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Source or Sink? A comparison of Landfire- and FIA-based estimates of change in aboveground live tree carbon in California's forests

  • Author(s): Holland, Tim G
  • Stewart, William
  • Potts, Matthew D
  • et al.

Published Web Location

https://doi.org/10.1088/1748-9326/ab1aca
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Abstract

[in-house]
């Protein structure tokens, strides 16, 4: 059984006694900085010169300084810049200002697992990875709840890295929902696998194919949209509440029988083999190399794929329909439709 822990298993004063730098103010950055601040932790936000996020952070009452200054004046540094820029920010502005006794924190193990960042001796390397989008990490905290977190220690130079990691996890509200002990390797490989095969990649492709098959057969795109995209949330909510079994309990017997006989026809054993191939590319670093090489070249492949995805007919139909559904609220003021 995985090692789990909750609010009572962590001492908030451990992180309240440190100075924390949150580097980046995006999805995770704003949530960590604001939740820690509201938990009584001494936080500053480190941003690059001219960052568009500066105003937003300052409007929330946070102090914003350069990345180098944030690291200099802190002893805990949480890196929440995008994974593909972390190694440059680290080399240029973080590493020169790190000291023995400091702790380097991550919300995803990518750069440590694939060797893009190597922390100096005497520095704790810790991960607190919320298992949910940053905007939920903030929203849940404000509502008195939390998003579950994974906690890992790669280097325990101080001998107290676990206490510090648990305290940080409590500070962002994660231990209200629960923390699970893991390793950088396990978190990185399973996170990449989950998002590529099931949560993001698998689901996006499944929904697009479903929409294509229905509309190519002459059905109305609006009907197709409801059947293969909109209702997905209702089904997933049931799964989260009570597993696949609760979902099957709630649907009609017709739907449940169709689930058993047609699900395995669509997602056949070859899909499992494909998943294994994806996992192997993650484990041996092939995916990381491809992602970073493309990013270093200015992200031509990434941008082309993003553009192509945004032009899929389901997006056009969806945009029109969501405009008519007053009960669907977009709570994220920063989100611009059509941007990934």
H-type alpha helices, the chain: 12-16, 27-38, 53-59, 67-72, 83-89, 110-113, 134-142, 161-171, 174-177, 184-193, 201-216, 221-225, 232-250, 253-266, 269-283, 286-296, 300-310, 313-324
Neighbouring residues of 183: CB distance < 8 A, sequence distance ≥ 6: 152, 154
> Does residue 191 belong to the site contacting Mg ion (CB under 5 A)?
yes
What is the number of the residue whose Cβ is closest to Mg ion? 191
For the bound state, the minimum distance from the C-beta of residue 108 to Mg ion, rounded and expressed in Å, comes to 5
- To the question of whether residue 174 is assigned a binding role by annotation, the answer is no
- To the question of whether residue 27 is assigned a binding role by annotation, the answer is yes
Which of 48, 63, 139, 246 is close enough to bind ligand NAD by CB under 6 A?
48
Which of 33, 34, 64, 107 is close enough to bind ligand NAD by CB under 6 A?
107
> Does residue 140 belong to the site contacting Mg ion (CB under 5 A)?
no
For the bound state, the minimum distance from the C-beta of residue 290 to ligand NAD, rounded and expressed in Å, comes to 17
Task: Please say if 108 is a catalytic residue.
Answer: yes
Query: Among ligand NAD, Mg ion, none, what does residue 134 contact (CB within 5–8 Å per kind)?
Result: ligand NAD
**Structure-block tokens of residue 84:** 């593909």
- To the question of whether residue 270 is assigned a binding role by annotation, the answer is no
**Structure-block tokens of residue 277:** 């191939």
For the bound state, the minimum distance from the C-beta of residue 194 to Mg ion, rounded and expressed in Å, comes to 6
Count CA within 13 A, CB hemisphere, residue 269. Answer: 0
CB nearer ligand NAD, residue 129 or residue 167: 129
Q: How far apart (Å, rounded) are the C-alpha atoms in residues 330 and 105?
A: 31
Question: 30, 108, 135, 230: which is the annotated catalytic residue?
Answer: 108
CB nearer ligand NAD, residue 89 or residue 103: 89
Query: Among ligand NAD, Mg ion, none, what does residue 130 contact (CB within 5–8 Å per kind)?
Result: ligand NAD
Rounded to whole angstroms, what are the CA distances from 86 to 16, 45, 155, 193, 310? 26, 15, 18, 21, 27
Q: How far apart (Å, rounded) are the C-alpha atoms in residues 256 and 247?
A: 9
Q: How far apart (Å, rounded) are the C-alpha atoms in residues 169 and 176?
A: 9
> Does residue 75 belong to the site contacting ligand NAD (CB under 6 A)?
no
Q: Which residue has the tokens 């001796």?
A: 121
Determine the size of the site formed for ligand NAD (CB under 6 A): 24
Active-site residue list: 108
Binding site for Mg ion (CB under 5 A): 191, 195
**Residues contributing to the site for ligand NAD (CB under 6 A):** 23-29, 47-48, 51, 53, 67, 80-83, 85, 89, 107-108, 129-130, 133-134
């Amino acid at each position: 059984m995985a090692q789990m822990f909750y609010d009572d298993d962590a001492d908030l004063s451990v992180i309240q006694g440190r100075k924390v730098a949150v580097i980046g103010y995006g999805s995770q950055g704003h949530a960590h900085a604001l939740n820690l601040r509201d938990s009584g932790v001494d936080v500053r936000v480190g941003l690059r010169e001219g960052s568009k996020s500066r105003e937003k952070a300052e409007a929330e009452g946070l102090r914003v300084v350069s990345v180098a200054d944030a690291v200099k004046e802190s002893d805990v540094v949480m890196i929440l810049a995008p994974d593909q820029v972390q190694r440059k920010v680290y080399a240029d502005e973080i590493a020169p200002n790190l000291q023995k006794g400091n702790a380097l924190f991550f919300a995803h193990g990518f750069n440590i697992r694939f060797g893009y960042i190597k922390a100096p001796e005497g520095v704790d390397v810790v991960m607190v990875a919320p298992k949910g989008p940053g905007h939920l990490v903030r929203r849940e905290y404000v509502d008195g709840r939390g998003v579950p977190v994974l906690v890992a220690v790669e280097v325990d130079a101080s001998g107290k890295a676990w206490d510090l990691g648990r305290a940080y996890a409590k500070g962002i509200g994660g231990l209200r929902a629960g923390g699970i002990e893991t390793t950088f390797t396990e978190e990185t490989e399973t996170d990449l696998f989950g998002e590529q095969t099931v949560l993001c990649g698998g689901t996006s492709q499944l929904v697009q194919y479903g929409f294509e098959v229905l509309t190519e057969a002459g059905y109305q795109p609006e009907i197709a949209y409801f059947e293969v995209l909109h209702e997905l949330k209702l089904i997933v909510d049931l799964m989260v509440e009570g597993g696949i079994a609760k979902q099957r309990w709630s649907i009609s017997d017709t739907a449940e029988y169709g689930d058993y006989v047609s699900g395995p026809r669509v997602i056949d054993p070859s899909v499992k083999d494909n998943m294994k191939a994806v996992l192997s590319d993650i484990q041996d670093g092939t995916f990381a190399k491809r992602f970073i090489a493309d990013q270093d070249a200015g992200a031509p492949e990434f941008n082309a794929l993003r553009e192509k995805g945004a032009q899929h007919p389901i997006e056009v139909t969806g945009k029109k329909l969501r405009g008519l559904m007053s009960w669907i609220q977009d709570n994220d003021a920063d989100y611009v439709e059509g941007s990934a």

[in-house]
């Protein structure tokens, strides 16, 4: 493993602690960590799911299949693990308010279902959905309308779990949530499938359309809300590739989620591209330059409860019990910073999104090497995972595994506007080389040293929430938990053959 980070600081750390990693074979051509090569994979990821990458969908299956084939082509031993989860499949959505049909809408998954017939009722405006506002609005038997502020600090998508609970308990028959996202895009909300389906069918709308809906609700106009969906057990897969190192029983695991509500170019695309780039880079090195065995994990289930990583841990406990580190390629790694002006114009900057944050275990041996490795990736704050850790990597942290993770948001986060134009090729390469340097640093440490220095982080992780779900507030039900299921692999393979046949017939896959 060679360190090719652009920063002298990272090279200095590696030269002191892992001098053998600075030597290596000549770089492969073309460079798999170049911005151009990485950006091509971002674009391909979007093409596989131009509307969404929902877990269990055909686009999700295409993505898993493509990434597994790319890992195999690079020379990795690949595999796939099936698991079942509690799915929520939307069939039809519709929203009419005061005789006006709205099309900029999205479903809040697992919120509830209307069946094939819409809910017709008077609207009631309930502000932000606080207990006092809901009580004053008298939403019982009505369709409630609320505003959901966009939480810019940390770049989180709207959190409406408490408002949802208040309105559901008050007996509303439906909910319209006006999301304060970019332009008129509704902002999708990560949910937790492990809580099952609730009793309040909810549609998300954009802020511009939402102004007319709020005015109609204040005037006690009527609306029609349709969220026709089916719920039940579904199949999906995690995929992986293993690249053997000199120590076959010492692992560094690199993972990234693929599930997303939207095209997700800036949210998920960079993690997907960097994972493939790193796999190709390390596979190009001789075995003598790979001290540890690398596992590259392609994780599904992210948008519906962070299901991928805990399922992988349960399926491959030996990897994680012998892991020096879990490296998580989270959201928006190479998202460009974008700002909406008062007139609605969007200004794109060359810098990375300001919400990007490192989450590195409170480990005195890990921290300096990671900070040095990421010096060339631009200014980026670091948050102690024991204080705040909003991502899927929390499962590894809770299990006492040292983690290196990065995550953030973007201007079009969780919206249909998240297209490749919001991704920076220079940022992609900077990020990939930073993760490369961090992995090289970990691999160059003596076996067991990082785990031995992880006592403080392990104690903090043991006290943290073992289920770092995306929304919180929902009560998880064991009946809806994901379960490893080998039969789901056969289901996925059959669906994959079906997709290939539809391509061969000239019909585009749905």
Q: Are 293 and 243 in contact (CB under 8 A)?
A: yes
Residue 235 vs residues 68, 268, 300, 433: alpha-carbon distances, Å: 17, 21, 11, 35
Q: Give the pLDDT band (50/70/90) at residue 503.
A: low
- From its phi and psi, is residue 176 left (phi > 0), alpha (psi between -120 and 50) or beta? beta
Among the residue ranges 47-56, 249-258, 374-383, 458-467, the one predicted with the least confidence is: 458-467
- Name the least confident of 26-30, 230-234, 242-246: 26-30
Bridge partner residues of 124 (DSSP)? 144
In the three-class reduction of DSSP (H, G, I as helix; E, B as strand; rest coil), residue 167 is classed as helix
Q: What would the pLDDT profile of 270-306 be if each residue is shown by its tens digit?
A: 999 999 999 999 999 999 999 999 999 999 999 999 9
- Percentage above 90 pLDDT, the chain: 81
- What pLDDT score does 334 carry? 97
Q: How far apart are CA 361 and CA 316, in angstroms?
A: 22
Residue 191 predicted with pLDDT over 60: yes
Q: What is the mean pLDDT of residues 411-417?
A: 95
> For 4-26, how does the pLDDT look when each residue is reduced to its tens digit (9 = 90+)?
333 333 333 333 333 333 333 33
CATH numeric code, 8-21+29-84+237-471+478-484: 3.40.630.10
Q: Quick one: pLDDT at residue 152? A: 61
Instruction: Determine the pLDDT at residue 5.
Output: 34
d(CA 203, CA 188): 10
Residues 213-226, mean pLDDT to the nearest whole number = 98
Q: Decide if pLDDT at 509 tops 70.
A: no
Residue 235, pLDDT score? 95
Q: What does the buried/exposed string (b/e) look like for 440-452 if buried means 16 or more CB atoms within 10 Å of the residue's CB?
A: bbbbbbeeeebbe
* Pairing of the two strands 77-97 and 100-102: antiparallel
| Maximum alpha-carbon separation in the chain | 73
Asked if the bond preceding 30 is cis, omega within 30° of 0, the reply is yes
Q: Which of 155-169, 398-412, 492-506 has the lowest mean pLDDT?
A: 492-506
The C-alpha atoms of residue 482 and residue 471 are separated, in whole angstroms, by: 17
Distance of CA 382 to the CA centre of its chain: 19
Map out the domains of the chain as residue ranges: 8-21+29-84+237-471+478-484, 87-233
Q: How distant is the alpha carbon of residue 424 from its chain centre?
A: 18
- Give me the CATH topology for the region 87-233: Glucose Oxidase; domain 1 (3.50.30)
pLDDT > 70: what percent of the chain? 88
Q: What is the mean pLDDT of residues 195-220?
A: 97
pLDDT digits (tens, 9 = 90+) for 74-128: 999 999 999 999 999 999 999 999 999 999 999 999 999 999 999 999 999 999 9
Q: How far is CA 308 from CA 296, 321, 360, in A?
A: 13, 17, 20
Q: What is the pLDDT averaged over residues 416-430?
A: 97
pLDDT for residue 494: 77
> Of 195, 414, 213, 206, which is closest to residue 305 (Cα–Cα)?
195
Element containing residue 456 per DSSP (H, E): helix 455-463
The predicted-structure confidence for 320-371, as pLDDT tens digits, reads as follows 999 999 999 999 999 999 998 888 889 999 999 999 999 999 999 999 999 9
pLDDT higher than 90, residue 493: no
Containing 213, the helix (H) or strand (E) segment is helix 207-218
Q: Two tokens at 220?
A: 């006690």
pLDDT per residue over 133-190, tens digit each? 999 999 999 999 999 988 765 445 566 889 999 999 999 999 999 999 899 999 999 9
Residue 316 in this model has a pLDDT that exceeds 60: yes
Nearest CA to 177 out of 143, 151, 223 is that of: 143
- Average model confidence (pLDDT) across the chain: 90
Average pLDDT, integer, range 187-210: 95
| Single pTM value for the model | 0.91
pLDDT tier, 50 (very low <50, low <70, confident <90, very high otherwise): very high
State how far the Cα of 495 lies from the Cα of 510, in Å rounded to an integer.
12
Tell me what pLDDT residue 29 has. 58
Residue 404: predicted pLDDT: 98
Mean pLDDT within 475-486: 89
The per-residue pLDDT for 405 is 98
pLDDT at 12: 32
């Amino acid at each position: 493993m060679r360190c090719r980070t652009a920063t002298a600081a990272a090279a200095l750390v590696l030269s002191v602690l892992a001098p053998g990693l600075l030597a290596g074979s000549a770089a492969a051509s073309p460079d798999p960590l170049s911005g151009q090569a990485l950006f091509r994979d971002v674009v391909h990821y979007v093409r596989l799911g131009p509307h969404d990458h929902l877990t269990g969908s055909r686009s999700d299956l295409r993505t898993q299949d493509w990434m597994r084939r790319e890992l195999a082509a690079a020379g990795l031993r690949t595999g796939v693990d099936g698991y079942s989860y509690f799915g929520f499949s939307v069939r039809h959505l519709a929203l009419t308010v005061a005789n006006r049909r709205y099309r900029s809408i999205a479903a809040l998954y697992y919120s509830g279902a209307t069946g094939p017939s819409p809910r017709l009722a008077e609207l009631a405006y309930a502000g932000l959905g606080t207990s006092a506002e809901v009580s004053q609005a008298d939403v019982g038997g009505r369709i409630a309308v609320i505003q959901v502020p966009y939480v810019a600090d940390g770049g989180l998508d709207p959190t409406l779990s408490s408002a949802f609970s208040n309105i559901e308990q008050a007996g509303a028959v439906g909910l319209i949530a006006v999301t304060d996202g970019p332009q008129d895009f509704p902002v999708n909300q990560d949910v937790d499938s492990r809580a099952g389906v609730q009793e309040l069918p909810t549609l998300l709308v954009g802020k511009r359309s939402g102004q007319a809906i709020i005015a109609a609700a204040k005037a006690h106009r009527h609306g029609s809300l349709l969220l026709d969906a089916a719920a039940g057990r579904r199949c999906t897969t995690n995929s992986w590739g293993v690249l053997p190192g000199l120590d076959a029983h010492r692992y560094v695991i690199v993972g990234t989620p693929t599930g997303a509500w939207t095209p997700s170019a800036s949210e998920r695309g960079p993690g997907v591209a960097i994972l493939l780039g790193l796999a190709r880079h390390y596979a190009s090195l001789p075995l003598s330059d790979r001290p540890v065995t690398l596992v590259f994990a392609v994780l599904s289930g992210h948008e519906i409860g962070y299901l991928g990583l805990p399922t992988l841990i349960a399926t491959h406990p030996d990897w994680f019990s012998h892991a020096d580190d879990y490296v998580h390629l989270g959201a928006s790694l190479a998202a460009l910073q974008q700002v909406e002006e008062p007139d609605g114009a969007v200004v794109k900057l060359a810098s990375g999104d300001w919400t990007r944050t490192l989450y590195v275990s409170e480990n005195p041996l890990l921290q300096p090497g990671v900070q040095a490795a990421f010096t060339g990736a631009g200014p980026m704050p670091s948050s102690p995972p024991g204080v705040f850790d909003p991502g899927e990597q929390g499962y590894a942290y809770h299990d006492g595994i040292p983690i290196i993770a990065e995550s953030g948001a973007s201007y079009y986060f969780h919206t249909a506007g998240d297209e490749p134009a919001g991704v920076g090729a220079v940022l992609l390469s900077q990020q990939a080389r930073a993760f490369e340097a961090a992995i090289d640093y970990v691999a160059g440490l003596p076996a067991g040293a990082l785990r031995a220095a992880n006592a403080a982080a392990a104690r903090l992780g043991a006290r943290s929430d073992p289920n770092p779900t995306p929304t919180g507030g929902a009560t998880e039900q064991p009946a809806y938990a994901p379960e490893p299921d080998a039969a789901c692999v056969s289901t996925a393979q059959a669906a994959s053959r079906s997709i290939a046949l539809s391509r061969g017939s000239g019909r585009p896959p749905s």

Forests play a central role in addressing climate change, and accurate estimates of forest carbon are critical for the development of actions that reduce emissions from forests and that maximize sequestration by forests. Methodological challenges persist regarding how best to estimate forest carbon stocks and flux at regulatory-relevant scales. Using California, USA as a case study, we compare two approaches to stock-difference forest carbon estimation for aboveground live trees: one based on ground inventories and one on land cover classification of remotely-sensed data. Previous work using ground inventory data from the Forest Inventory and Analysis Program (FIA) showed net aboveground carbon (AGC) sequestration by live trees in California forests, while estimates using land cover classification from the Landscape Fire and Resource Management Planning Tools (Landfire) showed net reductions in live tree AGC over a similar time period. We examined the discrepancy by re-analyzing the FIA inventory data through the lens of a category-change analysis based on Landfire. This analysis showed more than 50% of the live tree AGC in fewer than 4% of Landfire-equivalent categories and that the overwhelming majority (>80%) of forest area did not change height category between measurement periods. Despite the lack of categorical change, the majority of FIA plots increased in both 95th percentile tree height and in live tree AGC. These findings suggest that an approach based on observing categorical changes risks undercounting AGC sequestration resulting from growth and thus overstating the relative importance of AGC reductions that result from disturbances. This would bias AGC flux estimates downward, leading us to validate the conclusion that live trees in California were a net sink of aboveground carbon in the decade ending in 2016. Our findings suggest an inventory-based or hybrid approach is preferable to methods that depend on categorical bins for estimating AGC in disturbance-prone forest ecosystems.

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